A PULITZER PRIZE WINNING PLAY BY ANNIE BAKER
DIRECTED BY DEWEY SCOTT-WILEY
SPONSORED BY THE NICKELODEON
In a run-down movie theater in central Massachusetts, three underpaid employees mop the floors and attend to one of the last 35 millimeter film projectors in the state. Their tiny battles and not-so-tiny heartbreaks play out in the empty aisles, becoming more gripping than the lackluster, second-run movies on screen. With keen insight and a finely-tuned comic eye, “The Flick” is a hilarious and heart-rending cry for authenticity in a fast-changing world.
It takes about three hours and 15 minutes to watch the London production of Annie Baker’s Pulitzer Prize-winning play “The Flick,” about employees at a seen-better-days movie theater. A chunk of that time is spent watching the actors leisurely sweep up trash. With over 100 seats on the set, that’s a ton of tidying.
But in a recent production of “The Flick” at the tiny Threshold Repertory Theater in Charleston, S.C., audiences were in and out in just over two hours. That’s what happens when your fictional movie theater has just 24 chairs.
“They didn’t spend a lot of time cleaning up,” said Courtney Daniel, the theater’s executive director. “Obviously we’ve got popcorn and things they have to pick up because it’s essential to the show, but I think the audience got it: You’re cleaning.”
Since the play had its debut at Playwrights Horizons three years ago, it has been produced some 50 times, with about 12 professional productions in North America this season (including one in an actual movie theater). Here, eight set designers talk about how they made their cinema worlds feel real on budgets that ranged from big to barely there, and reveal exactly where they got all those seats.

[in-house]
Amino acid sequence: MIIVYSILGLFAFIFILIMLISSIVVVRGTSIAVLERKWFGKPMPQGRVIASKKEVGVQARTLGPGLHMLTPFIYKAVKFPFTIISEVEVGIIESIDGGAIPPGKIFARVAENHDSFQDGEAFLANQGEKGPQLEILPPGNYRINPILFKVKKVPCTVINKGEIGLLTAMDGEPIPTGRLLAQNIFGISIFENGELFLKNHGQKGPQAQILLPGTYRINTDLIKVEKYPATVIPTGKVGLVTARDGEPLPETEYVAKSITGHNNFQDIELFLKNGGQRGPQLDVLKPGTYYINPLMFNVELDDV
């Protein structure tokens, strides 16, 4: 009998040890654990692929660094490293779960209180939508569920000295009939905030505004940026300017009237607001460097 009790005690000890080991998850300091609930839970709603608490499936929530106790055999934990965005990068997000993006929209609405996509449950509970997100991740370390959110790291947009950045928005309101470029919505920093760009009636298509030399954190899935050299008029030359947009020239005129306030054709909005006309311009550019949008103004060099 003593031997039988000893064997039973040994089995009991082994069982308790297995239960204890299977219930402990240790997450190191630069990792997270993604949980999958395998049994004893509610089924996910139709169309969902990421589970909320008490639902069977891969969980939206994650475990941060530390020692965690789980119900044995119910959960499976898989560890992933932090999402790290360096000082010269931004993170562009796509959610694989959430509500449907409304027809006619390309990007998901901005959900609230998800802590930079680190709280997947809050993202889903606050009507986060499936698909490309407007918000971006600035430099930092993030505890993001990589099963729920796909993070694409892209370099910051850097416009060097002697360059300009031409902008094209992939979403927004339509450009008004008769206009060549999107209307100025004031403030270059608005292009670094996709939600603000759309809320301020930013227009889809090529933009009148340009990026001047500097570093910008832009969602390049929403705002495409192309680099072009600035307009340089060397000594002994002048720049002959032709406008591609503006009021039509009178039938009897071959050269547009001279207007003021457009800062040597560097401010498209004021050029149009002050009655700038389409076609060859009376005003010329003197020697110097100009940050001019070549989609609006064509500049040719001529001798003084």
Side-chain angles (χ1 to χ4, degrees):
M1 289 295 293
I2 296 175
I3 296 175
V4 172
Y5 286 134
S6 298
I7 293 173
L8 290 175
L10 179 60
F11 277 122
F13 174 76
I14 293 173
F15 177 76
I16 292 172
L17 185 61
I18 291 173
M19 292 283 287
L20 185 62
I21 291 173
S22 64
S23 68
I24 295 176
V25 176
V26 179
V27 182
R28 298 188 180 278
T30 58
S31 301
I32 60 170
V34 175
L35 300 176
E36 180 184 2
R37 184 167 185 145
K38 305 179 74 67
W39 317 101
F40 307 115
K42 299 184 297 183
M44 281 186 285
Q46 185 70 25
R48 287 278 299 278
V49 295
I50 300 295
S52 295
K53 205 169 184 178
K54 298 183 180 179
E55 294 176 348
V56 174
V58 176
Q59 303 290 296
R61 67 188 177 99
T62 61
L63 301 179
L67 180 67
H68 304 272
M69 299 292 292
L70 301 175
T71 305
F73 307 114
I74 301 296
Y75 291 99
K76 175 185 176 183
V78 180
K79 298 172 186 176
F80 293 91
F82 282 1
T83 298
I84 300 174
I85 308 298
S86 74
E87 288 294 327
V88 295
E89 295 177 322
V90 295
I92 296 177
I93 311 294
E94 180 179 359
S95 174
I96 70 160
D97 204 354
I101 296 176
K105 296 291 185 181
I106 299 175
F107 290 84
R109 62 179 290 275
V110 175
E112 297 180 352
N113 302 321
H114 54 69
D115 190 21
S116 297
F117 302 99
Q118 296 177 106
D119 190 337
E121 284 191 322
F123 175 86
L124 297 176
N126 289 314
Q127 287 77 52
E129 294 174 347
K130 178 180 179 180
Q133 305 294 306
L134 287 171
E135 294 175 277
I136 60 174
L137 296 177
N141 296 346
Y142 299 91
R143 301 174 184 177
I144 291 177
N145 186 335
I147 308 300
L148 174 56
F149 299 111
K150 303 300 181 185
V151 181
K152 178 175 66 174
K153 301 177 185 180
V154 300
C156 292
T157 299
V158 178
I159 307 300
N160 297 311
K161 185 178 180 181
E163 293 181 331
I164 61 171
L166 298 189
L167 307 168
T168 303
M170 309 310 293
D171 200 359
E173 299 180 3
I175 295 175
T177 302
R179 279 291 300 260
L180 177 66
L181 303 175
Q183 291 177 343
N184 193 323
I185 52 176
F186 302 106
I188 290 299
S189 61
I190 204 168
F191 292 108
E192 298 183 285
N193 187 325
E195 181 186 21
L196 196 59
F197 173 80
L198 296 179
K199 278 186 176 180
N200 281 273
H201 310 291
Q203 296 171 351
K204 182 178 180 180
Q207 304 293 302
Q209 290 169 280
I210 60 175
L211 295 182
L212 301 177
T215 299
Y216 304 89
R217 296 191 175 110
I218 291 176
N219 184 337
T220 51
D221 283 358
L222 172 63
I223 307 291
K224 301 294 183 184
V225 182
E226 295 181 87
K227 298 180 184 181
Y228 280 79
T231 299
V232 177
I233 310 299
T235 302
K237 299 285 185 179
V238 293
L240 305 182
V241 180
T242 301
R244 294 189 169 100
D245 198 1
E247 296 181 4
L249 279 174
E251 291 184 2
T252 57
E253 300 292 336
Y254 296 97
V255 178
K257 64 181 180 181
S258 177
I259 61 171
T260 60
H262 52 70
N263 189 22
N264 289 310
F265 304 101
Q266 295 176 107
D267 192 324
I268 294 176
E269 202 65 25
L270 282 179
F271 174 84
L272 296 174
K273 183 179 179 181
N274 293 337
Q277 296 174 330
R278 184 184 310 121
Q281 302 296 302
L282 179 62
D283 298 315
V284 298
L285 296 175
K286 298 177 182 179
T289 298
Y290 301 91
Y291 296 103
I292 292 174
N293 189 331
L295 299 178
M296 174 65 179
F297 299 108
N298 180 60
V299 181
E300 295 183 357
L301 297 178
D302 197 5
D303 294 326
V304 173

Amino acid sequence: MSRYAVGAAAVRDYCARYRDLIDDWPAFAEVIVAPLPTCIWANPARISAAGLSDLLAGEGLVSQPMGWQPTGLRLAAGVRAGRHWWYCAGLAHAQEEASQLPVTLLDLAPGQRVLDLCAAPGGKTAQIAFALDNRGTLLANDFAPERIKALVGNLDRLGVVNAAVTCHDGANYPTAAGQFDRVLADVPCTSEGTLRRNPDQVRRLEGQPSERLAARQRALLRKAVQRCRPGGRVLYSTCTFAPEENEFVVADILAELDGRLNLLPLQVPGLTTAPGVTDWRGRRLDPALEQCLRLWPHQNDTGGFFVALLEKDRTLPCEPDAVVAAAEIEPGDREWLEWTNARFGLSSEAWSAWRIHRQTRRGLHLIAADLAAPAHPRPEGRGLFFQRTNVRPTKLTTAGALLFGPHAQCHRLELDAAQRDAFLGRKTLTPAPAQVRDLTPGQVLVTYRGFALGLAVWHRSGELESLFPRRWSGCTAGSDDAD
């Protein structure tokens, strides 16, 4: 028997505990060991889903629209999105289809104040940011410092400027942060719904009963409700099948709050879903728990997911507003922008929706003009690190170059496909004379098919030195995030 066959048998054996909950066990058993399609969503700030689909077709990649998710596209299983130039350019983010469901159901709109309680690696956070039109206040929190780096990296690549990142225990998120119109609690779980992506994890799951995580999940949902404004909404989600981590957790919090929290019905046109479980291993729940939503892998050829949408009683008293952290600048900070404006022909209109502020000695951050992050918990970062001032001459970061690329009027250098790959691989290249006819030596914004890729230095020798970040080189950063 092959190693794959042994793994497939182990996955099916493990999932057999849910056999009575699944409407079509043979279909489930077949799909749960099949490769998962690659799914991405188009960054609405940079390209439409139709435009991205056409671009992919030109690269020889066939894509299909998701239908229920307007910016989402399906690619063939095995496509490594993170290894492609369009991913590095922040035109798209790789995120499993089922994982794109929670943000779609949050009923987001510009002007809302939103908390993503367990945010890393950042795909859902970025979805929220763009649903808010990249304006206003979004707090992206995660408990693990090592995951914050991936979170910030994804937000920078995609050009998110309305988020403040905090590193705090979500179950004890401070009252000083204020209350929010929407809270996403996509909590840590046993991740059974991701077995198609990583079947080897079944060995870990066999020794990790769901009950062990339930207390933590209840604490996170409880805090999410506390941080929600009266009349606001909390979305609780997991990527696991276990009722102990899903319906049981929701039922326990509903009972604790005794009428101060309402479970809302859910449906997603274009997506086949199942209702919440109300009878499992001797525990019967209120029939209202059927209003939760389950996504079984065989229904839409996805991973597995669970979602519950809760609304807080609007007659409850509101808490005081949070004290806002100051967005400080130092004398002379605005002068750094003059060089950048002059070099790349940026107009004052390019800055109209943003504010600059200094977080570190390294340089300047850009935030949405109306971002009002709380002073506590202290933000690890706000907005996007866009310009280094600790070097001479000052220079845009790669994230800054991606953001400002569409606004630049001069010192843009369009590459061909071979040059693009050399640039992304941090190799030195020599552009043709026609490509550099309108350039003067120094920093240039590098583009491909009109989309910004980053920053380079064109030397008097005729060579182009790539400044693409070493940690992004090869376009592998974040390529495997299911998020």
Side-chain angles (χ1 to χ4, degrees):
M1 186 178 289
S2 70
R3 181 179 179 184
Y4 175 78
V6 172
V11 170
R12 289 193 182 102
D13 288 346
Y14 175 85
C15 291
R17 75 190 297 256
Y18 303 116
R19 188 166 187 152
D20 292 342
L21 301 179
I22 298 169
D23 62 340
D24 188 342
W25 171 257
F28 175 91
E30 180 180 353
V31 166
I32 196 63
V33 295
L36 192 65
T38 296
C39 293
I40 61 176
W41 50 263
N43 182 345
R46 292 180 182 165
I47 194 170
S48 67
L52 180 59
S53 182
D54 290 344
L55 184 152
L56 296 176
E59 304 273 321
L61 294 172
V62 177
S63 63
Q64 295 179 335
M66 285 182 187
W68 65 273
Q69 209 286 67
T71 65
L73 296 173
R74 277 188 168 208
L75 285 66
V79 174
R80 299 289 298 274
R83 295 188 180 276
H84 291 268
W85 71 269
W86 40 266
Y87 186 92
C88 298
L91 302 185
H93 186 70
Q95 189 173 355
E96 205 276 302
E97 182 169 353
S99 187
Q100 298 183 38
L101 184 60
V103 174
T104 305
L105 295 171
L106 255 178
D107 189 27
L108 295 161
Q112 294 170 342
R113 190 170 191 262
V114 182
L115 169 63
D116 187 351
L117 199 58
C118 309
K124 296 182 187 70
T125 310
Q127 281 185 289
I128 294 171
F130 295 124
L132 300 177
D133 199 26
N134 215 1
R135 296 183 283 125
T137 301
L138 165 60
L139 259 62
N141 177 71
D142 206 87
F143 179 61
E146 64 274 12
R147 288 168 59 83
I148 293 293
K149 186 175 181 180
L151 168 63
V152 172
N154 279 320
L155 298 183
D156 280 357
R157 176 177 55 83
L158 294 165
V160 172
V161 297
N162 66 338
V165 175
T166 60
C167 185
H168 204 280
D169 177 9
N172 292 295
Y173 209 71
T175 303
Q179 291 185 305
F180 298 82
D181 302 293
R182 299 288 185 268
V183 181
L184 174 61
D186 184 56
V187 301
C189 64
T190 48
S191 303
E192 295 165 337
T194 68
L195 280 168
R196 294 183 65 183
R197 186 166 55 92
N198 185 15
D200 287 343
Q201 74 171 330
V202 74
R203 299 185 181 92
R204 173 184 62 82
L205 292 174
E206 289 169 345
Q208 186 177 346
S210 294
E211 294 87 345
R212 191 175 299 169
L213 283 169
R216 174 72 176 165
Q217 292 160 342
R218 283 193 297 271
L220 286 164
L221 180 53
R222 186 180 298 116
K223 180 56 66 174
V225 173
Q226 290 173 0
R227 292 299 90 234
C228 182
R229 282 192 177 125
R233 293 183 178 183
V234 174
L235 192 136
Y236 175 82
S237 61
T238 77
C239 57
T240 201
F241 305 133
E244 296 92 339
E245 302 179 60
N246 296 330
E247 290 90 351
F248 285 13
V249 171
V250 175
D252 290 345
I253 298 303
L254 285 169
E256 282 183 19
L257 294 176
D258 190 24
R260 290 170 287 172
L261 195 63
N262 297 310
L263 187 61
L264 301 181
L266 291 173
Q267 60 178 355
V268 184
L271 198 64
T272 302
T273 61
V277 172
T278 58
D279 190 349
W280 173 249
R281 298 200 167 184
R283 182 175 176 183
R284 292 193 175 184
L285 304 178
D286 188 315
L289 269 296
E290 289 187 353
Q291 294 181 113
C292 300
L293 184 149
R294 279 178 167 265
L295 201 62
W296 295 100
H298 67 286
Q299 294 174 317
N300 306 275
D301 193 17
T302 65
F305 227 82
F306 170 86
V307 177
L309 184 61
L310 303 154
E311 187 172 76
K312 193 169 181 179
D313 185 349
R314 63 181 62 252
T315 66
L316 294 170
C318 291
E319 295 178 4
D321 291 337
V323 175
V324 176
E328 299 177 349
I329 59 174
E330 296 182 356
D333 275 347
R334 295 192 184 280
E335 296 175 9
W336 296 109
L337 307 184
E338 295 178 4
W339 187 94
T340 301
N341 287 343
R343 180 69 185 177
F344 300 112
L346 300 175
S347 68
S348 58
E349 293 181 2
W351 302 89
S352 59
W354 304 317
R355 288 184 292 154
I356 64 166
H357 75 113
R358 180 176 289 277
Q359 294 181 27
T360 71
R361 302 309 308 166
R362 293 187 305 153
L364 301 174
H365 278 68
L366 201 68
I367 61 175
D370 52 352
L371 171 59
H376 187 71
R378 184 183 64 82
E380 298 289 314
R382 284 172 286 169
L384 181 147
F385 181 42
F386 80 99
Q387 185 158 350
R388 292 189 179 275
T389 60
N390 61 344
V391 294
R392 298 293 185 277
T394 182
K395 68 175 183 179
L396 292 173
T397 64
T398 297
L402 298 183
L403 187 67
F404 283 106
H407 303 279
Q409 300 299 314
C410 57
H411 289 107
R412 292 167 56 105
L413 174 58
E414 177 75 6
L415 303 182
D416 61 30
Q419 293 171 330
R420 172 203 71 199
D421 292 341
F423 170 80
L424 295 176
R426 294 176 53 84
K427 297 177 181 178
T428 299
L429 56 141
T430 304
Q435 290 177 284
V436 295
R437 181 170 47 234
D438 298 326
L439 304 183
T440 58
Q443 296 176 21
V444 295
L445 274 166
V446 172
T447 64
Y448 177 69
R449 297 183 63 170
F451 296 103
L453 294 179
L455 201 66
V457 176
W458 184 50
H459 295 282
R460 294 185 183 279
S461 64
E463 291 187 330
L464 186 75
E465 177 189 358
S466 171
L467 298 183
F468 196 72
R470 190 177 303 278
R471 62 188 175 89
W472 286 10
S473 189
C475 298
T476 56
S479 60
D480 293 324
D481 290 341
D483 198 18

There’s dingy, then there’s Chet Longley’s design, which was inspired, he said, by a “worn-out mall where you got your potato skins at Bennigan’s before watching a movie.” The seats were given to the company by Spotlight Cinemas, a dollar movie theater in Columbia that was going digital. Most of the set, which had a budget of about $1,200, was assembled from “freecycled sources,” as Mr. Longley put it.
The coverings at the top of the seats are some sort of vinyl fabric that Mr. Longley figures were added by Spotlight Cinemas to extend the life of the fabric “and hide dirt and stains.”
Spotlight also lent the theater a 35-millimeter projector, reels and film canisters. The projector and the reels have to be returned, but the seats are going to a scrap salvager after the run ends.
2014 Pulitzer Prize for Drama